Attracting more than 1 million visitors annually, the park’s most famous sculptures include ‘The Angry Boy’, ‘The Monolith’ and ‘The Wheel of Life’. The perfect destination if you’re travelling with your family, the park is free to enter and also includes a museum and other temporary art exhibitions.

Northern Lights

Iconic Northern lights as seen from parts of Norway

Situated in the northernmost part of Norway, Svalbard will provide you with the best possible view of the Northern Lights. With a number of excursion tours available, you’ll be guided to a remote location without any artificial light to watch the spectacular formation in all its glory.

The Northern lights have fascinated humans for centuries. They are caused by solar winds, where the sun has emitted charged solar particles and they arrive on earth, leading the mystical green light appearing in the sky.

What you need to know:

To finish our guide we’ve collated some practical information to help you understand a bit more about the cost of travelling to Norway and what to expect from transport and accommodation:

Transport

Fortunately, Norway has a well-established public transport system, complete with a large network of buses, ferries, trams and trains, so you can travel around the Nordic country with ease. With a range of tickets to choose from including singles, returns, day passes, weekly passes, travel cards and even monthly passes you can also travel your own way.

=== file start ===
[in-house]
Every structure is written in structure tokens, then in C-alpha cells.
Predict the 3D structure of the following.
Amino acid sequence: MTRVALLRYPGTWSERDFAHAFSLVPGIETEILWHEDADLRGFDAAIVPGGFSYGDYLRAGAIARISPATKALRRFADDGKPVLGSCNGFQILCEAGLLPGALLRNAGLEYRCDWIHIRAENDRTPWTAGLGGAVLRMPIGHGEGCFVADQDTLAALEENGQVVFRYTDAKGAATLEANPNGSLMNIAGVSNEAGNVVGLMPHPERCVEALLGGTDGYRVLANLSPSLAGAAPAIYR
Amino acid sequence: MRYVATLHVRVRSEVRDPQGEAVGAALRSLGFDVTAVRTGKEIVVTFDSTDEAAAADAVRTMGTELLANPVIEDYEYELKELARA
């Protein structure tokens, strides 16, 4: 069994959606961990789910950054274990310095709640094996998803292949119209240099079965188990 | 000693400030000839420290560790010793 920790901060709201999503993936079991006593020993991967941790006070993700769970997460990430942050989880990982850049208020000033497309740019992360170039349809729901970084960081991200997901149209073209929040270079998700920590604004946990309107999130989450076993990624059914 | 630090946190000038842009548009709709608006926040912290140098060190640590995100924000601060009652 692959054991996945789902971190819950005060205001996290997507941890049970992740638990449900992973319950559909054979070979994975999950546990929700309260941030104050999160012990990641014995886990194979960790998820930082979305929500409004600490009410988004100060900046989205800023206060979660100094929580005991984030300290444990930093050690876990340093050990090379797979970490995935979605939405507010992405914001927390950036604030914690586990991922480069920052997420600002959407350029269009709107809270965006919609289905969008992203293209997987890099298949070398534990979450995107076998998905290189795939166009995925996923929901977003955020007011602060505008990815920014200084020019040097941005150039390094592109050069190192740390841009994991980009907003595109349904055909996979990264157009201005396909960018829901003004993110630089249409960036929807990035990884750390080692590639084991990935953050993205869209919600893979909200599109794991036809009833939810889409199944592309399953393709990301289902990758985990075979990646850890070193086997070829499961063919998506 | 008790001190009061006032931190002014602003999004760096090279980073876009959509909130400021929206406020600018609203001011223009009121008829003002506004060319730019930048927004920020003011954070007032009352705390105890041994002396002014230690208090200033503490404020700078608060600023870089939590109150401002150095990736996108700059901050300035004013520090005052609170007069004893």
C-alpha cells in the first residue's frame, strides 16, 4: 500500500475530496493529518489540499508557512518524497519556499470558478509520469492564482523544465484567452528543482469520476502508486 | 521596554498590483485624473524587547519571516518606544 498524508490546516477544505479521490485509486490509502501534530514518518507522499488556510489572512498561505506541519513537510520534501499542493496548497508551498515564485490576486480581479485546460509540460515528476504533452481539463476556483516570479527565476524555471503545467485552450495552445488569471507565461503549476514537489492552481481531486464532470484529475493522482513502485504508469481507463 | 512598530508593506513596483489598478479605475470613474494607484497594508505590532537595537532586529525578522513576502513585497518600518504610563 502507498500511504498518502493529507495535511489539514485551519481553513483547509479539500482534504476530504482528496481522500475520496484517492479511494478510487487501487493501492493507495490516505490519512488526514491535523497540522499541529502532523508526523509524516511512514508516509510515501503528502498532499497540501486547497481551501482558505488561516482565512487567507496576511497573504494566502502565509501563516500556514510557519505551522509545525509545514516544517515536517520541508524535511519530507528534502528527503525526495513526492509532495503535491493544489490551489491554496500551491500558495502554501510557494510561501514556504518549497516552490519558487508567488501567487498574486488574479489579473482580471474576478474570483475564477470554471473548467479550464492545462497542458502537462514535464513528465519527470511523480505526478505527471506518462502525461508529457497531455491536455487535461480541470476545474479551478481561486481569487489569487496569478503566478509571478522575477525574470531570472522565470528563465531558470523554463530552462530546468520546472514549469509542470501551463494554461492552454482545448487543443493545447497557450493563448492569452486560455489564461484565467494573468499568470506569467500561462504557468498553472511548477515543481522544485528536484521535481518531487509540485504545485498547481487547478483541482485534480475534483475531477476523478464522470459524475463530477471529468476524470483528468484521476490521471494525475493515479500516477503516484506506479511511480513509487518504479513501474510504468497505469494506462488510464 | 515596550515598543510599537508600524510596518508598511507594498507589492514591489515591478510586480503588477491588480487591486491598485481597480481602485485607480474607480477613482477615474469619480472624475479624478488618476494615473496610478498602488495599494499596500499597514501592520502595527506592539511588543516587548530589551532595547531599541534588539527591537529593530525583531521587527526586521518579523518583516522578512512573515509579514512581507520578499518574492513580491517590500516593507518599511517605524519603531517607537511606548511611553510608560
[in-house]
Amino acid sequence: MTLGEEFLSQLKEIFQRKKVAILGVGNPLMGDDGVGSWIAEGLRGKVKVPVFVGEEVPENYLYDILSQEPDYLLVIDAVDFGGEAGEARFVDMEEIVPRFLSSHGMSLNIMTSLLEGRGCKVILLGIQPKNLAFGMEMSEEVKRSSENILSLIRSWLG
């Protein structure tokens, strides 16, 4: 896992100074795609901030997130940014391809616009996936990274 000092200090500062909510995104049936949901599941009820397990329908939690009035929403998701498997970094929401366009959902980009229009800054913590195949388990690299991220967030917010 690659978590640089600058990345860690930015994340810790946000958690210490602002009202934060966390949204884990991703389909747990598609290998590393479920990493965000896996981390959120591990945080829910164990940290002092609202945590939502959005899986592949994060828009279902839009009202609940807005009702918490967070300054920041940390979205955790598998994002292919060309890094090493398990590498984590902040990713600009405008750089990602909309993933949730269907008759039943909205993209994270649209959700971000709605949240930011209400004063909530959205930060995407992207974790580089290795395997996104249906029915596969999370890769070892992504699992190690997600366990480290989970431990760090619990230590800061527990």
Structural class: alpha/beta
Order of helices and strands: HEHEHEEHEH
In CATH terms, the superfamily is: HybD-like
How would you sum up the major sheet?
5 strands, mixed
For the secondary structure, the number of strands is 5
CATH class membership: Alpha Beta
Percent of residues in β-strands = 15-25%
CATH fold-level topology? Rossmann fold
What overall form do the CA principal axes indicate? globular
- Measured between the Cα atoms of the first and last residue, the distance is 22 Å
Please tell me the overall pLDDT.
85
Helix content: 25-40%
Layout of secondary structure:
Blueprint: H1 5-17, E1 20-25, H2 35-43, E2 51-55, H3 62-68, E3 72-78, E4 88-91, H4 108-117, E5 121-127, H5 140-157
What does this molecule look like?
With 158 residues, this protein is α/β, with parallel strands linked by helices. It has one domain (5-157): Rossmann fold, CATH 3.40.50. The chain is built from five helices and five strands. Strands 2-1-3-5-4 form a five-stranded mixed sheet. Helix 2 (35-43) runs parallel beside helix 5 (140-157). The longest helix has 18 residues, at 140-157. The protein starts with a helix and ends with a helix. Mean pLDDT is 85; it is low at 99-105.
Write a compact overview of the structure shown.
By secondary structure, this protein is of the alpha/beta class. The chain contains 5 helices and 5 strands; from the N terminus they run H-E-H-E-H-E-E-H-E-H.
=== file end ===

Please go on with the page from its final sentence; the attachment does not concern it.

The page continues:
Car rental is available but incredibly expensive, a five-door vehicle can cost in excess of £130 a day according to the travel website Full Suitcase.

Average Cost

Flights to Norway begin at £70, and for a mid-range hotel, it costs between £180–270 to visit during peak season. However, there is a range of more affordable accommodation and living options, including dorms, B&B’s and hostels.

One English pound currently exchanges to 10.7kr (Norway’s currency) so you’ll benefit from a positive exchange rate. You can compare the best Norwegian Krone exchange rates from some of the UK’s biggest currency suppliers, here.

With all this in mind, we hope that this guide on Norway has given you more information to help you plan your trip and that you decide to visit the amazing country that is Norway after renewing your Euro Health Insurance Card. Happy Travels!